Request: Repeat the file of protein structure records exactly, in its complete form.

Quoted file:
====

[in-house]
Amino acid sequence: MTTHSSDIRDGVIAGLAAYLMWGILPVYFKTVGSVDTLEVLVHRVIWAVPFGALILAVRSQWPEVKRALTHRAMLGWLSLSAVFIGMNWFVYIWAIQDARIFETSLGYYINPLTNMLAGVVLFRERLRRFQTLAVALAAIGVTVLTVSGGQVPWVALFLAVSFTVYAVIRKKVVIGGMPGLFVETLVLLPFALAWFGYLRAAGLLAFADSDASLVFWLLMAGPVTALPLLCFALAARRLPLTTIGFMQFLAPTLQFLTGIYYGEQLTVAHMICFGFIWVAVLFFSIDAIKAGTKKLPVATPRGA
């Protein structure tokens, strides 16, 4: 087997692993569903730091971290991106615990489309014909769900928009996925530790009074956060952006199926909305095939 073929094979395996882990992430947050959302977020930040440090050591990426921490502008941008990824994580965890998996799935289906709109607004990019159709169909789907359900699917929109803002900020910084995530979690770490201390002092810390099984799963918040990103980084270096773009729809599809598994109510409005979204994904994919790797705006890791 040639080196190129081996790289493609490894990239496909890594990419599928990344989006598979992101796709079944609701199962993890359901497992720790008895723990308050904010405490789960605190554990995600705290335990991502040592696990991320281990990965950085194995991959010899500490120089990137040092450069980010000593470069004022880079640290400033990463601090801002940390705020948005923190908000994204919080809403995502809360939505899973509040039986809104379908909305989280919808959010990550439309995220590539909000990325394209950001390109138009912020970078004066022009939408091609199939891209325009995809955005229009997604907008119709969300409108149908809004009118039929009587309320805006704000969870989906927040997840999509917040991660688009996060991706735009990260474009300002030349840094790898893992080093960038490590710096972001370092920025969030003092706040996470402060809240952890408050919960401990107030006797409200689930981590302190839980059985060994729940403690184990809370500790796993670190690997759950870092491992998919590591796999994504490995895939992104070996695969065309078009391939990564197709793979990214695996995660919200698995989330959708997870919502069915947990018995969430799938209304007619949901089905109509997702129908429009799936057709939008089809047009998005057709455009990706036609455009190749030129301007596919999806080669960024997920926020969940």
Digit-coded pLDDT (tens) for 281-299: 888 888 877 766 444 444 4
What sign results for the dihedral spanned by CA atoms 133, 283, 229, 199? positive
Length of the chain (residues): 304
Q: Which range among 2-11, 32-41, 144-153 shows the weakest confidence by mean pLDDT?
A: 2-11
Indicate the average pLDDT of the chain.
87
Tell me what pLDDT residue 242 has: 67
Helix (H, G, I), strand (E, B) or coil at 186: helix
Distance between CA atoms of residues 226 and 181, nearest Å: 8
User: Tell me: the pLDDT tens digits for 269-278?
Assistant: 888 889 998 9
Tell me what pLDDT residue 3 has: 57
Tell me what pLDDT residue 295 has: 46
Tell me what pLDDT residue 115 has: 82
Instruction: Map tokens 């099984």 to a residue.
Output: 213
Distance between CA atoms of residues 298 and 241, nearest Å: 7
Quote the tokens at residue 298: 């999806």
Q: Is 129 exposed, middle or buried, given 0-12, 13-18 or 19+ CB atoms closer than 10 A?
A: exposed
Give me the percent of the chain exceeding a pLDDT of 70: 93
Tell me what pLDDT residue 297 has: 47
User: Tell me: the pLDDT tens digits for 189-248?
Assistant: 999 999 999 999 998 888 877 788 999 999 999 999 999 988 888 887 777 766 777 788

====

[in-house]
Amino acid sequence: MTTHSSDIRDGVIAGLAAYLMWGILPVYFKTVGSVDTLEVLVHRVIWAVPFGALILAVRSQWPEVKRALTHRAMLGWLSLSAVFIGMNWFVYIWAIQDARIFETSLGYYINPLTNMLAGVVLFRERLRRFQTLAVALAAIGVTVLTVSGGQVPWVALFLAVSFTVYAVIRKKVVIGGMPGLFVETLVLLPFALAWFGYLRAAGLLAFADSDASLVFWLLMAGPVTALPLLCFALAARRLPLTTIGFMQFLAPTLQFLTGIYYGEQLTVAHMICFGFIWVAVLFFSIDAIKAGTKKLPVATPRGA
């Protein structure tokens, strides 16, 4: 087997692993569903730091971290991106615990489309014909769900928009996925530790009074956060952006199926909305095939 073929094979395996882990992430947050959302977020930040440090050591990426921490502008941008990824994580965890998996799935289906709109607004990019159709169909789907359900699917929109803002900020910084995530979690770490201390002092810390099984799963918040990103980084270096773009729809599809598994109510409005979204994904994919790797705006890791 040639080196190129081996790289493609490894990239496909890594990419599928990344989006598979992101796709079944609701199962993890359901497992720790008895723990308050904010405490789960605190554990995600705290335990991502040592696990991320281990990965950085194995991959010899500490120089990137040092450069980010000593470069004022880079640290400033990463601090801002940390705020948005923190908000994204919080809403995502809360939505899973509040039986809104379908909305989280919808959010990550439309995220590539909000990325394209950001390109138009912020970078004066022009939408091609199939891209325009995809955005229009997604907008119709969300409108149908809004009118039929009587309320805006704000969870989906927040997840999509917040991660688009996060991706735009990260474009300002030349840094790898893992080093960038490590710096972001370092920025969030003092706040996470402060809240952890408050919960401990107030006797409200689930981590302190839980059985060994729940403690184990809370500790796993670190690997759950870092491992998919590591796999994504490995895939992104070996695969065309078009391939990564197709793979990214695996995660919200698995989330959708997870919502069915947990018995969430799938209304007619949901089905109509997702129908429009799936057709939008089809047009998005057709455009990706036609455009190749030129301007596919999806080669960024997920926020969940």
Digit-coded pLDDT (tens) for 281-299: 888 888 877 766 444 444 4
What sign results for the dihedral spanned by CA atoms 133, 283, 229, 199? positive
Length of the chain (residues): 304
Q: Which range among 2-11, 32-41, 144-153 shows the weakest confidence by mean pLDDT?
A: 2-11
Indicate the average pLDDT of the chain.
87
Tell me what pLDDT residue 242 has: 67
Helix (H, G, I), strand (E, B) or coil at 186: helix
Distance between CA atoms of residues 226 and 181, nearest Å: 8
User: Tell me: the pLDDT tens digits for 269-278?
Assistant: 888 889 998 9
Tell me what pLDDT residue 3 has: 57
Tell me what pLDDT residue 295 has: 46
Tell me what pLDDT residue 115 has: 82
Instruction: Map tokens 């099984």 to a residue.
Output: 213
Distance between CA atoms of residues 298 and 241, nearest Å: 7
Quote the tokens at residue 298: 């999806």
Q: Is 129 exposed, middle or buried, given 0-12, 13-18 or 19+ CB atoms closer than 10 A?
A: exposed
Give me the percent of the chain exceeding a pLDDT of 70: 93
Tell me what pLDDT residue 297 has: 47
User: Tell me: the pLDDT tens digits for 189-248?
Assistant: 999 999 999 999 998 888 877 788 999 999 999 999 999 988 888 887 777 766 777 788